The housing tech gold rush also raises bigger questions about who wins and who loses as homes get further out of reach for more people. Amid a reckoning over mass homelessness, the legacy of housing discrimination and fallout from the foreclosure crisis, equity advocates fear that some loosely regulated technologies could compound a shift toward treating homes as a financial asset rather than a human necessity, widening inequality.
“All of these companies, what they’re capitalizing on is some level of desperation,” said Catherine Bracy, executive director of Oakland’s TechEquity Collaborative. “Some of them are more problematic than others.”
A recent report by TechEquity Collaborative, called “Sold to the Highest Bidder: How Tech is Cashing In on the American Dream,” traces the housing tech boom back to the foreclosure crisis. Large investors seized on turmoil — especially in historically marginalized nonwhite neighborhoods like East Oakland — to buy up thousands of homes, then rented “them out to the very people whom they have priced out of the market,” the report found.
Some private-equity firms then bought or developed algorithms to surface new investment homes, or software to manage growing numbers of rentals. In the years since, venture capital-backed “iBuyers,” an industry term for instant buyers like Redfin and Opendoor, have entered the fray, making cash offers to buy and flip homes. Fractional ownership companies that allow customers to buy one share of a home owned by multiple people, including $1 billion San Francisco startup Pacaso, have also gained a foothold in areas including Wine Country.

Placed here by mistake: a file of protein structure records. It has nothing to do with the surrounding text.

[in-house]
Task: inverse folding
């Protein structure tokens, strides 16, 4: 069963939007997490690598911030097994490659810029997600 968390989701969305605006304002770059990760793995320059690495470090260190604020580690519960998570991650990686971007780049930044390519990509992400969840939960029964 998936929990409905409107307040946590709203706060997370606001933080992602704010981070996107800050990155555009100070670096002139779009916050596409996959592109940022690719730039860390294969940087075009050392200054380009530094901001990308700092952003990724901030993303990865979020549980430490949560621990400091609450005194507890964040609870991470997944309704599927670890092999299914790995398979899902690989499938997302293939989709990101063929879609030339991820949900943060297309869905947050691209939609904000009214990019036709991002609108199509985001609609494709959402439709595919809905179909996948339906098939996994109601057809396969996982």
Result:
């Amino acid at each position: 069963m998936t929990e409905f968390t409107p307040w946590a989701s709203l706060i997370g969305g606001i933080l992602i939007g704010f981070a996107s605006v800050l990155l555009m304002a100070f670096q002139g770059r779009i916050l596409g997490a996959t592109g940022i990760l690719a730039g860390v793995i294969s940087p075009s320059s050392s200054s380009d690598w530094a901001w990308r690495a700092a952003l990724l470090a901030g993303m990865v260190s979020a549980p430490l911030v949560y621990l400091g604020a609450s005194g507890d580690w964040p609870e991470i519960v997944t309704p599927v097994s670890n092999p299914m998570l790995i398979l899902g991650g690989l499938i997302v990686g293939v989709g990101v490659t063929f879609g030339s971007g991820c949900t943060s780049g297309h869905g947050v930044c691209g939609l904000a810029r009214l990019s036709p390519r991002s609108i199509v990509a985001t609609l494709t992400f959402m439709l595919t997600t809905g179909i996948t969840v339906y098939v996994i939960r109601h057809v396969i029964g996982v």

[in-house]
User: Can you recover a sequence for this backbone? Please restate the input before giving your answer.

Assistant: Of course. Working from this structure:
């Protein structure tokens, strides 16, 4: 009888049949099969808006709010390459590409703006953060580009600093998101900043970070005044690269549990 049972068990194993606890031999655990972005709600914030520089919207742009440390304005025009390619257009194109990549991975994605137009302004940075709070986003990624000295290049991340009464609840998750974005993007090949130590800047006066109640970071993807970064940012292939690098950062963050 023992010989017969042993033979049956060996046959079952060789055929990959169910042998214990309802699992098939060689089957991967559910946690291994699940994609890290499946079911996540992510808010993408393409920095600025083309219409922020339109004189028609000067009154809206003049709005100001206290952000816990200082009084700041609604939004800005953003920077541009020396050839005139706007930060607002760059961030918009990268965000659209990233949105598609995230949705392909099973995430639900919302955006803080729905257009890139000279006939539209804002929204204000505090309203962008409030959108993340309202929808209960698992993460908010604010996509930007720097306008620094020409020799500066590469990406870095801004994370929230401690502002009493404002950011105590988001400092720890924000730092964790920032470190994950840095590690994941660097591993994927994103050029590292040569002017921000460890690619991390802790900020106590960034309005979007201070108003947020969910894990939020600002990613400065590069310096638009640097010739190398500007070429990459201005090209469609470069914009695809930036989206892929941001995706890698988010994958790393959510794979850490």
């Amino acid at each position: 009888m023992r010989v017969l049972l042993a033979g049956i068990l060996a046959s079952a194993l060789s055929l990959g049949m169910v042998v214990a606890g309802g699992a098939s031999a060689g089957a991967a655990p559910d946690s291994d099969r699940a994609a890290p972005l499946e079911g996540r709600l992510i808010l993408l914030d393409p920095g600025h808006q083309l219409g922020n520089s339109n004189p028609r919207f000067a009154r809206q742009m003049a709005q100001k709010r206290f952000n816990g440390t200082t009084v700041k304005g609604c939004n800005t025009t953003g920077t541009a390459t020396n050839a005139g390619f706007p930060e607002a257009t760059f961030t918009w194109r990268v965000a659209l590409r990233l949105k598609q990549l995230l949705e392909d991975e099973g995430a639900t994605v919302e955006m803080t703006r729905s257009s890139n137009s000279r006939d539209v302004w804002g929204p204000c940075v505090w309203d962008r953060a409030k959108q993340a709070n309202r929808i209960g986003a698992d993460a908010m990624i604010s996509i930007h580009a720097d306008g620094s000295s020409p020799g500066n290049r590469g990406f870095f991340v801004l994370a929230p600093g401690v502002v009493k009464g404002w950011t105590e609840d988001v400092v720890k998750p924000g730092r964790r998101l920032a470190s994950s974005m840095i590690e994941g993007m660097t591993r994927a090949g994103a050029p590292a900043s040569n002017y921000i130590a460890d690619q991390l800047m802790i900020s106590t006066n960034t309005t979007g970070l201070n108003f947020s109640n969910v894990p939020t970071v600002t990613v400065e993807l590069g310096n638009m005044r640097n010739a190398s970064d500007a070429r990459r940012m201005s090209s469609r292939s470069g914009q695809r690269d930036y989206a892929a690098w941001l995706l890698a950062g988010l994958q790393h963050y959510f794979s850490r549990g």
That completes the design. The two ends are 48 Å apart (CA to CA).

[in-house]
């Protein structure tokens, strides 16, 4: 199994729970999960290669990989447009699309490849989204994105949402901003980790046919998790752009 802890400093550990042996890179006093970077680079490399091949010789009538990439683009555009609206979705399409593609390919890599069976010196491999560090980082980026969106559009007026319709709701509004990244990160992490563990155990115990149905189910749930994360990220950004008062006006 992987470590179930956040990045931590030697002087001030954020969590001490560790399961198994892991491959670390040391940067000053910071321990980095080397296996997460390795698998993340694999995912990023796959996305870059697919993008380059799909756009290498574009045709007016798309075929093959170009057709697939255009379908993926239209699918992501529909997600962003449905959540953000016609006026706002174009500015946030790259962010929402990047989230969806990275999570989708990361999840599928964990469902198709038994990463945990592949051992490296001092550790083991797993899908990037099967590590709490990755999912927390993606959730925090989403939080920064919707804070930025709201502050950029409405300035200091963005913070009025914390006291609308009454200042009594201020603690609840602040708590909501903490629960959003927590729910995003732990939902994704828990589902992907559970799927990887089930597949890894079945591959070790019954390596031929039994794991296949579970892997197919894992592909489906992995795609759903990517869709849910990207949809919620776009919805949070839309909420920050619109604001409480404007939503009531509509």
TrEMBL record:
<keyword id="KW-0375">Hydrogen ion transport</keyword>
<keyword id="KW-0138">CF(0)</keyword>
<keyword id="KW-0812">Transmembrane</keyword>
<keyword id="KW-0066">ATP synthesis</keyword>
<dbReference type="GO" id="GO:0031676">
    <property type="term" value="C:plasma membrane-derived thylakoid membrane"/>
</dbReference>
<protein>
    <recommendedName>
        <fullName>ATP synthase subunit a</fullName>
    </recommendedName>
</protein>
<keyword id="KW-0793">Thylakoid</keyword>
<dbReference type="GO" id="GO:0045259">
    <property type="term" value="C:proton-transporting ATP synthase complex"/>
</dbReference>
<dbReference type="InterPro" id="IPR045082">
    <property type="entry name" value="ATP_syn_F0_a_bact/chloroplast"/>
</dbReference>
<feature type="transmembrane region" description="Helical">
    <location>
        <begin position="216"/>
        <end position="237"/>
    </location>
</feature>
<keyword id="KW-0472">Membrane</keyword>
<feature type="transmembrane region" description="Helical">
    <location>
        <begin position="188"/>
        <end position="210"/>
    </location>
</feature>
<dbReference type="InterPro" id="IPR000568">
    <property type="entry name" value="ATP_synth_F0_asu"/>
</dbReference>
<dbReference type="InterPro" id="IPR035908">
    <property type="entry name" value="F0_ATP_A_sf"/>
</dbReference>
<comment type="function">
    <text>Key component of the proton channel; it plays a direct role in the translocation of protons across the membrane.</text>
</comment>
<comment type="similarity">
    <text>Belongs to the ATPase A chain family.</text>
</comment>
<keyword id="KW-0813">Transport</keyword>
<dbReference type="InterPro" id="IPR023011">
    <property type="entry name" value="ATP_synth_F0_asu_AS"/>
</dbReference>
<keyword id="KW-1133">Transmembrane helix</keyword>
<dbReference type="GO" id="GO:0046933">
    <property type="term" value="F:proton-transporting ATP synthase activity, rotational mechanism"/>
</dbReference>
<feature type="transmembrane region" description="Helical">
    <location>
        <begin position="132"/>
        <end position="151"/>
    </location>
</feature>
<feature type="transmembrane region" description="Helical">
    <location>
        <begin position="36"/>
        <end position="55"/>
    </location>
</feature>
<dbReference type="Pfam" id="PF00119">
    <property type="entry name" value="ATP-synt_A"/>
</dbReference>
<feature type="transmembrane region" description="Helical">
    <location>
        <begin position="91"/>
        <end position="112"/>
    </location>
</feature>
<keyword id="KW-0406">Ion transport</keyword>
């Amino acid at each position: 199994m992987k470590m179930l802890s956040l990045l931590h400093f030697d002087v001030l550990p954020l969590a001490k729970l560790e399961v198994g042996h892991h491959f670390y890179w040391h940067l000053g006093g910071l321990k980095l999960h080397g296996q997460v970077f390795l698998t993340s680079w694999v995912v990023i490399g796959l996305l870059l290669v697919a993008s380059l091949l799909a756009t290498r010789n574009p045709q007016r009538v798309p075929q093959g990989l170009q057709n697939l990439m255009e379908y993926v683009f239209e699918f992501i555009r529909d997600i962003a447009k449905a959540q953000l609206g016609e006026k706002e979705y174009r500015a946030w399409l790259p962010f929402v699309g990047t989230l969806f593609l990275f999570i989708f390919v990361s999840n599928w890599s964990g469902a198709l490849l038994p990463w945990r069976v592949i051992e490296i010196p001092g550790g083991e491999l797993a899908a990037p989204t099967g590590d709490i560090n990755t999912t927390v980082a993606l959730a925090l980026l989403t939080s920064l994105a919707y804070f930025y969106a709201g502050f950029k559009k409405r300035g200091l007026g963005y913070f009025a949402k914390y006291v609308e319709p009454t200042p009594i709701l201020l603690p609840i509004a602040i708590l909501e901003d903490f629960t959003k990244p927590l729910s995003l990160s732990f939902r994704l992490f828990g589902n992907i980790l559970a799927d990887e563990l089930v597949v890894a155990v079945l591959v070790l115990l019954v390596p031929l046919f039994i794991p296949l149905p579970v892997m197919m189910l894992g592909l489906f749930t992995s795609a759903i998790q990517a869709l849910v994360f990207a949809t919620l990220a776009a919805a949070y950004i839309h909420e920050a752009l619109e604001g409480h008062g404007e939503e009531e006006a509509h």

Like corporate investors, iBuyers and fractional ownership have grown quickly but still make up a relatively small share of overall Bay Area homeowners. Bracy said such offerings, along with rent-to-own housing startups that target lower-cost markets, require more vetting to ensure that they don’t evolve to perpetuate forms of familiar predatory lending or de facto segregation.